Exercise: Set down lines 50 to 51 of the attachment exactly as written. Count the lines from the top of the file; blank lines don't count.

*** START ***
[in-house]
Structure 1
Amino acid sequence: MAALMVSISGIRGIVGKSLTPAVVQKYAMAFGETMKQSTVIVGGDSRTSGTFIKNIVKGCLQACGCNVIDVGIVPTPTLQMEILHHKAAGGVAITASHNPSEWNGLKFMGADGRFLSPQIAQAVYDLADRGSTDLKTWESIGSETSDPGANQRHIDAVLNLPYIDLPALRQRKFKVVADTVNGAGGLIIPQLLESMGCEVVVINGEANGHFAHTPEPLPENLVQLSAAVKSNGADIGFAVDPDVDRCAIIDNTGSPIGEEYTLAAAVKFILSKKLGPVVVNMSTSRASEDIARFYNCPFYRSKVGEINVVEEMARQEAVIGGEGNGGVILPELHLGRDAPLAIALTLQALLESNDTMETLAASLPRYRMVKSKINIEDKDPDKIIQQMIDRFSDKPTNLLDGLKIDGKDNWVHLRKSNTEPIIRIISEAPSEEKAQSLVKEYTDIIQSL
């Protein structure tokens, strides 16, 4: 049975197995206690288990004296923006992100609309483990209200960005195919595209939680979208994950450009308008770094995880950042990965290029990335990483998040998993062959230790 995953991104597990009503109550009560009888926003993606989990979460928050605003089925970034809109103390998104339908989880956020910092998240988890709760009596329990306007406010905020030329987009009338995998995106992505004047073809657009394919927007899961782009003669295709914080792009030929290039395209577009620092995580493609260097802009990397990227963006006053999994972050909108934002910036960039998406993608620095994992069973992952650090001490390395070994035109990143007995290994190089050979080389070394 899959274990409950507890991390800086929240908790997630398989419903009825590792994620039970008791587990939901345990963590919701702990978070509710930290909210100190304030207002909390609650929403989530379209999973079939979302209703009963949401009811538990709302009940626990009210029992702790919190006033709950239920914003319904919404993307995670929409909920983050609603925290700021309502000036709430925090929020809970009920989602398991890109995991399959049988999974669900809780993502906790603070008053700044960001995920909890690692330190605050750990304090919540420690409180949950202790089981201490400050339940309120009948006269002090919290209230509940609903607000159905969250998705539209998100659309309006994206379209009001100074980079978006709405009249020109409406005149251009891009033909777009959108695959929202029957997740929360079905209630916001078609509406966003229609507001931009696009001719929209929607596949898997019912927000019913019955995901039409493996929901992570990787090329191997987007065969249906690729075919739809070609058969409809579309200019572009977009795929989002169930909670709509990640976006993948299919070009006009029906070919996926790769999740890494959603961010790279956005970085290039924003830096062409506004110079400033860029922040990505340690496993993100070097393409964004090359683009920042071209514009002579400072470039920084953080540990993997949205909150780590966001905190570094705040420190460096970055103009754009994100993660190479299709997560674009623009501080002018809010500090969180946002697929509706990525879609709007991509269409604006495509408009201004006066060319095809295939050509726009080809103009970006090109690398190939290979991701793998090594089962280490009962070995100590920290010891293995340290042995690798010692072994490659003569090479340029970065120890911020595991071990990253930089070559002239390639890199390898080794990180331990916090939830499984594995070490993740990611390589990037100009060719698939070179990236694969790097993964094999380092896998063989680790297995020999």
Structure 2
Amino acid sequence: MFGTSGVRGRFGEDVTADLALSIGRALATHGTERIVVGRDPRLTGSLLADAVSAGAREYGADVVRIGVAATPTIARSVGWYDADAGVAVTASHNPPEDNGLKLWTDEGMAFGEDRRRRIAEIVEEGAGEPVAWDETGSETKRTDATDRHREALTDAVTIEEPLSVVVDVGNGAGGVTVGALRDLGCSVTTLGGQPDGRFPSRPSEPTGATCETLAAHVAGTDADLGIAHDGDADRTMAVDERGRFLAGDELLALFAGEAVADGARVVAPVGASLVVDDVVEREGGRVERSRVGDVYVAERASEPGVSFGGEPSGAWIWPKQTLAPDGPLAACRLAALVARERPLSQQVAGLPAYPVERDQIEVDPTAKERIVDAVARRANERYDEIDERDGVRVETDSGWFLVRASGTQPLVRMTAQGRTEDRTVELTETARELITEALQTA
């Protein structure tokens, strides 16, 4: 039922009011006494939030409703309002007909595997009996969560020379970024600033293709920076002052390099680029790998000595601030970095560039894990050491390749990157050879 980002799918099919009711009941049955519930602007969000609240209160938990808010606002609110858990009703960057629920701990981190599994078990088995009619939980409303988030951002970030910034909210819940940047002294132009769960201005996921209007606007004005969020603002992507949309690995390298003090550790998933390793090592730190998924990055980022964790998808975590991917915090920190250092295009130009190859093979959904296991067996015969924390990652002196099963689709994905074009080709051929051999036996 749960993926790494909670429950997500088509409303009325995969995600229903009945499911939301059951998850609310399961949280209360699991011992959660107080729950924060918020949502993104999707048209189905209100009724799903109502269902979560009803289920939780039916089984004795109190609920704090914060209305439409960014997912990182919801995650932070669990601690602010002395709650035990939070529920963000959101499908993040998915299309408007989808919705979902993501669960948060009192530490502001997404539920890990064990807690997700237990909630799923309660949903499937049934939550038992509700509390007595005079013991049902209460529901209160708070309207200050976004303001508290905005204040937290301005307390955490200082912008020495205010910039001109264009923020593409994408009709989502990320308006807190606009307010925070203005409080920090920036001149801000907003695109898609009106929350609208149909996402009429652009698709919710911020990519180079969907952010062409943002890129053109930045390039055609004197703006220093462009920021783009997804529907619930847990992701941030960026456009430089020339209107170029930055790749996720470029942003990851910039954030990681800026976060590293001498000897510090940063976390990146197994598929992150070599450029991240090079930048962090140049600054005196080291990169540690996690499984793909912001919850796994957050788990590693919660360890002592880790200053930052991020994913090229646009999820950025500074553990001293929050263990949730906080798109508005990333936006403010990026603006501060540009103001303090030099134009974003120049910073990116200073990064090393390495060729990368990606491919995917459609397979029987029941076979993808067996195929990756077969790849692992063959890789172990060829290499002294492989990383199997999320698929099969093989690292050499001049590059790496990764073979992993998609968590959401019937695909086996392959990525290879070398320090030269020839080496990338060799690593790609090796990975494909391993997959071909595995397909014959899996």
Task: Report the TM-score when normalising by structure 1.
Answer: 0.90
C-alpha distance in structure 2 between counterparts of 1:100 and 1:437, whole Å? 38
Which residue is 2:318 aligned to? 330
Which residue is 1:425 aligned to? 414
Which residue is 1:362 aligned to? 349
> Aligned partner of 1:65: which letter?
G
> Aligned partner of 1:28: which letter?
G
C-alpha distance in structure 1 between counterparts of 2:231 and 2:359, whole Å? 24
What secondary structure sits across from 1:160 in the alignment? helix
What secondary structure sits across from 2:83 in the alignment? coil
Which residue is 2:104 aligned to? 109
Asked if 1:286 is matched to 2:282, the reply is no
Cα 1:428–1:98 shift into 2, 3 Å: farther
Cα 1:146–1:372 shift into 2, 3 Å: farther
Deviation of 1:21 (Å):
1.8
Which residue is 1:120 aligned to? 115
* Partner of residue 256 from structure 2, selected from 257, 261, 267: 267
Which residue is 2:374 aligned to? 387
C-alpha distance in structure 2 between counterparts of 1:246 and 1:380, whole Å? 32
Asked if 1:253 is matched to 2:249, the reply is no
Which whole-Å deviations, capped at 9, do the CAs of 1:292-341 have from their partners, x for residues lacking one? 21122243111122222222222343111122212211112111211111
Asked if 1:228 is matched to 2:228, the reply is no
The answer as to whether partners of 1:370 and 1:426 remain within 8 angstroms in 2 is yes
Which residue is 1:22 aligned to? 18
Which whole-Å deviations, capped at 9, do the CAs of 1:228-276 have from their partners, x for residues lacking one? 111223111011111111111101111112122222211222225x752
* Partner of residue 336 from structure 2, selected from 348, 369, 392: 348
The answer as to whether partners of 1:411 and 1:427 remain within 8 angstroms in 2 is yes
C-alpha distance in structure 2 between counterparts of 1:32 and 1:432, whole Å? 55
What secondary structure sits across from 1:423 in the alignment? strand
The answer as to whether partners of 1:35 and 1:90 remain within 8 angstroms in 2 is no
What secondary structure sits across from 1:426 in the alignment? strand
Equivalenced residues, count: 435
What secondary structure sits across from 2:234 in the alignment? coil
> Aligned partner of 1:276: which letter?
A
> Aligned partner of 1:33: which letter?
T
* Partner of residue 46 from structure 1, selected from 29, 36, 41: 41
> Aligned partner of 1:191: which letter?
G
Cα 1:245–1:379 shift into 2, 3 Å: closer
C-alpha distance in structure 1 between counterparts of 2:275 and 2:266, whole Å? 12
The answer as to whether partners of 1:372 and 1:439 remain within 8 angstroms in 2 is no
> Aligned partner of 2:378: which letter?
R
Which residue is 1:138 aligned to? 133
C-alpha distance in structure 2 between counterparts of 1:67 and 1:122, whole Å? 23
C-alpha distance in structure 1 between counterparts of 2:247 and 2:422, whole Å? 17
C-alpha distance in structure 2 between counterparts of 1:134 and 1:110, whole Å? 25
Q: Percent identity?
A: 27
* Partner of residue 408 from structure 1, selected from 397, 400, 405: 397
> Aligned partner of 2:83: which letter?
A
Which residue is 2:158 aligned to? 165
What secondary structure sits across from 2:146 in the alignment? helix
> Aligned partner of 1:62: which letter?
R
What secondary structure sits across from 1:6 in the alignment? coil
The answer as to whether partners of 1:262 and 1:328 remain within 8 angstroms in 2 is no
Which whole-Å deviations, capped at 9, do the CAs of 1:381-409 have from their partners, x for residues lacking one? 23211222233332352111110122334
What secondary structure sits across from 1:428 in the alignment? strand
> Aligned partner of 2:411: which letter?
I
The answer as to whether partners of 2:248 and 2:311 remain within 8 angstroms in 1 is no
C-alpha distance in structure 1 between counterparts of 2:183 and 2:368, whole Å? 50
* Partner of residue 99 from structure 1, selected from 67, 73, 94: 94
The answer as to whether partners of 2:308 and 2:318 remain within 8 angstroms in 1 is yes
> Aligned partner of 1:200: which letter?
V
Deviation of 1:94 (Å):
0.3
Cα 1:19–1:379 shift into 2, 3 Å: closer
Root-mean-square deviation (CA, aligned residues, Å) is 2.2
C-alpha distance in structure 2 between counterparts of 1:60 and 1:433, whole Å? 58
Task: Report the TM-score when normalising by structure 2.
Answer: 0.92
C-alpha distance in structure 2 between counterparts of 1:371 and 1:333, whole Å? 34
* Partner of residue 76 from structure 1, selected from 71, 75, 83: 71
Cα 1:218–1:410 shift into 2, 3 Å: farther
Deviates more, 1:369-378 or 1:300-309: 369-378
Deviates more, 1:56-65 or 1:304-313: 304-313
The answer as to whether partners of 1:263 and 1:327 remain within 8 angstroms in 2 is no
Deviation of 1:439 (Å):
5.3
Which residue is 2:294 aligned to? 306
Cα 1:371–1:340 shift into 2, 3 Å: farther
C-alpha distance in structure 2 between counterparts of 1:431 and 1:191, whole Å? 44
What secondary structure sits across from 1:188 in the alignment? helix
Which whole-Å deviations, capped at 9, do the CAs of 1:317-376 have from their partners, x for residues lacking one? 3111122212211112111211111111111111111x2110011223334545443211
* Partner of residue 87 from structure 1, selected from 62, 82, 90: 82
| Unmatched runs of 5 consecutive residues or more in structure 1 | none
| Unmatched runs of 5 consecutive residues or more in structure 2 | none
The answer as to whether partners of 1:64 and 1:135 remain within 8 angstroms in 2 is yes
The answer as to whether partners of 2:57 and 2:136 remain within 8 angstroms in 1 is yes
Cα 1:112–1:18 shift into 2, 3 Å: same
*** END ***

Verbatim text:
> Aligned partner of 1:191: which letter?
G